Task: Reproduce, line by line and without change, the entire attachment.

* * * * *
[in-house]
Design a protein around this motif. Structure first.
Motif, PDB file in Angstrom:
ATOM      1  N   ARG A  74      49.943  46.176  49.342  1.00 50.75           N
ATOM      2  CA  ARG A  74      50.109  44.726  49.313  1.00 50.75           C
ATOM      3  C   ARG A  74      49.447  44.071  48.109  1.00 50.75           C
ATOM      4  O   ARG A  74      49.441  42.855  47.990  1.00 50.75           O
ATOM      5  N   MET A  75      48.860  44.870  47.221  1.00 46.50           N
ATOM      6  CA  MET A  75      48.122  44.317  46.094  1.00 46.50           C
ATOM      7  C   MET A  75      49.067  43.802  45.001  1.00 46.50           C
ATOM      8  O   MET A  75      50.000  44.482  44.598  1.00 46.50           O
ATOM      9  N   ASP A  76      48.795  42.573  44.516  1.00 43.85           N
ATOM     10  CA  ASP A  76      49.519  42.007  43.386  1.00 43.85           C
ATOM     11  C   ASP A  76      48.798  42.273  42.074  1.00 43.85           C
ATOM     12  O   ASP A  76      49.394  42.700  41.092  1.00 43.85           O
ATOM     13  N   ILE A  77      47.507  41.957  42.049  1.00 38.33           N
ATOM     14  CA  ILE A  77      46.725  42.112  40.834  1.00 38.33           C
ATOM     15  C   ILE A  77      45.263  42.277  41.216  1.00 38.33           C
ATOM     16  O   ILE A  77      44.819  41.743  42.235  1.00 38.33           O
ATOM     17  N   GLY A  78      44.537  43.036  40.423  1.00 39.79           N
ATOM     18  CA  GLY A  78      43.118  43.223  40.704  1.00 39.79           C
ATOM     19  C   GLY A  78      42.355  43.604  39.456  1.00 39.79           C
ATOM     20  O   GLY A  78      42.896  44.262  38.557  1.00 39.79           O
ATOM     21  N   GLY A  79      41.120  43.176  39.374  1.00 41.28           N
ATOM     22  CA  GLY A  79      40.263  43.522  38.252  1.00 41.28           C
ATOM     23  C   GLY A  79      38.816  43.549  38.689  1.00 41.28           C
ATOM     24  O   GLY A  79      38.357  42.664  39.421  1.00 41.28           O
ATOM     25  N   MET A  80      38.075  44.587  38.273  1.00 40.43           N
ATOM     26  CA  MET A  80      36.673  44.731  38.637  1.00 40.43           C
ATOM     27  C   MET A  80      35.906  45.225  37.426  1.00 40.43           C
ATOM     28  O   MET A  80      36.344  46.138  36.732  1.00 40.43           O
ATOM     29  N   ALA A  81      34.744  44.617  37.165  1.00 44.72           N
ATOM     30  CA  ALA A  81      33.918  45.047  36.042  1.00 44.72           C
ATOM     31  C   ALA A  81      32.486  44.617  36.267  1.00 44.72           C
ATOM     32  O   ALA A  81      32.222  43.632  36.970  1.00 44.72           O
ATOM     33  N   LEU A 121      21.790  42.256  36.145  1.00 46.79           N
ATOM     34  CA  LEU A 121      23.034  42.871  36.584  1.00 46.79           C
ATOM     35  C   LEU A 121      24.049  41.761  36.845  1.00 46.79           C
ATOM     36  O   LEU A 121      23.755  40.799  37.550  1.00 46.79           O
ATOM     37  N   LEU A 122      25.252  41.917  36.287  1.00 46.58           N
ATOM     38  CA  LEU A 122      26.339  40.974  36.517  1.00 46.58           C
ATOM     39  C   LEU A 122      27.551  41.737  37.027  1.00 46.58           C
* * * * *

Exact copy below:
[in-house]
Design a protein around this motif. Structure first.
Motif, PDB file in Angstrom:
ATOM      1  N   ARG A  74      49.943  46.176  49.342  1.00 50.75           N
ATOM      2  CA  ARG A  74      50.109  44.726  49.313  1.00 50.75           C
ATOM      3  C   ARG A  74      49.447  44.071  48.109  1.00 50.75           C
ATOM      4  O   ARG A  74      49.441  42.855  47.990  1.00 50.75           O
ATOM      5  N   MET A  75      48.860  44.870  47.221  1.00 46.50           N
ATOM      6  CA  MET A  75      48.122  44.317  46.094  1.00 46.50           C
ATOM      7  C   MET A  75      49.067  43.802  45.001  1.00 46.50           C
ATOM      8  O   MET A  75      50.000  44.482  44.598  1.00 46.50           O
ATOM      9  N   ASP A  76      48.795  42.573  44.516  1.00 43.85           N
ATOM     10  CA  ASP A  76      49.519  42.007  43.386  1.00 43.85           C
ATOM     11  C   ASP A  76      48.798  42.273  42.074  1.00 43.85           C
ATOM     12  O   ASP A  76      49.394  42.700  41.092  1.00 43.85           O
ATOM     13  N   ILE A  77      47.507  41.957  42.049  1.00 38.33           N
ATOM     14  CA  ILE A  77      46.725  42.112  40.834  1.00 38.33           C
ATOM     15  C   ILE A  77      45.263  42.277  41.216  1.00 38.33           C
ATOM     16  O   ILE A  77      44.819  41.743  42.235  1.00 38.33           O
ATOM     17  N   GLY A  78      44.537  43.036  40.423  1.00 39.79           N
ATOM     18  CA  GLY A  78      43.118  43.223  40.704  1.00 39.79           C
ATOM     19  C   GLY A  78      42.355  43.604  39.456  1.00 39.79           C
ATOM     20  O   GLY A  78      42.896  44.262  38.557  1.00 39.79           O
ATOM     21  N   GLY A  79      41.120  43.176  39.374  1.00 41.28           N
ATOM     22  CA  GLY A  79      40.263  43.522  38.252  1.00 41.28           C
ATOM     23  C   GLY A  79      38.816  43.549  38.689  1.00 41.28           C
ATOM     24  O   GLY A  79      38.357  42.664  39.421  1.00 41.28           O
ATOM     25  N   MET A  80      38.075  44.587  38.273  1.00 40.43           N
ATOM     26  CA  MET A  80      36.673  44.731  38.637  1.00 40.43           C
ATOM     27  C   MET A  80      35.906  45.225  37.426  1.00 40.43           C
ATOM     28  O   MET A  80      36.344  46.138  36.732  1.00 40.43           O
ATOM     29  N   ALA A  81      34.744  44.617  37.165  1.00 44.72           N
ATOM     30  CA  ALA A  81      33.918  45.047  36.042  1.00 44.72           C
ATOM     31  C   ALA A  81      32.486  44.617  36.267  1.00 44.72           C
ATOM     32  O   ALA A  81      32.222  43.632  36.970  1.00 44.72           O
ATOM     33  N   LEU A 121      21.790  42.256  36.145  1.00 46.79           N
ATOM     34  CA  LEU A 121      23.034  42.871  36.584  1.00 46.79           C
ATOM     35  C   LEU A 121      24.049  41.761  36.845  1.00 46.79           C
ATOM     36  O   LEU A 121      23.755  40.799  37.550  1.00 46.79           O
ATOM     37  N   LEU A 122      25.252  41.917  36.287  1.00 46.58           N
ATOM     38  CA  LEU A 122      26.339  40.974  36.517  1.00 46.58           C
ATOM     39  C   LEU A 122      27.551  41.737  37.027  1.00 46.58           C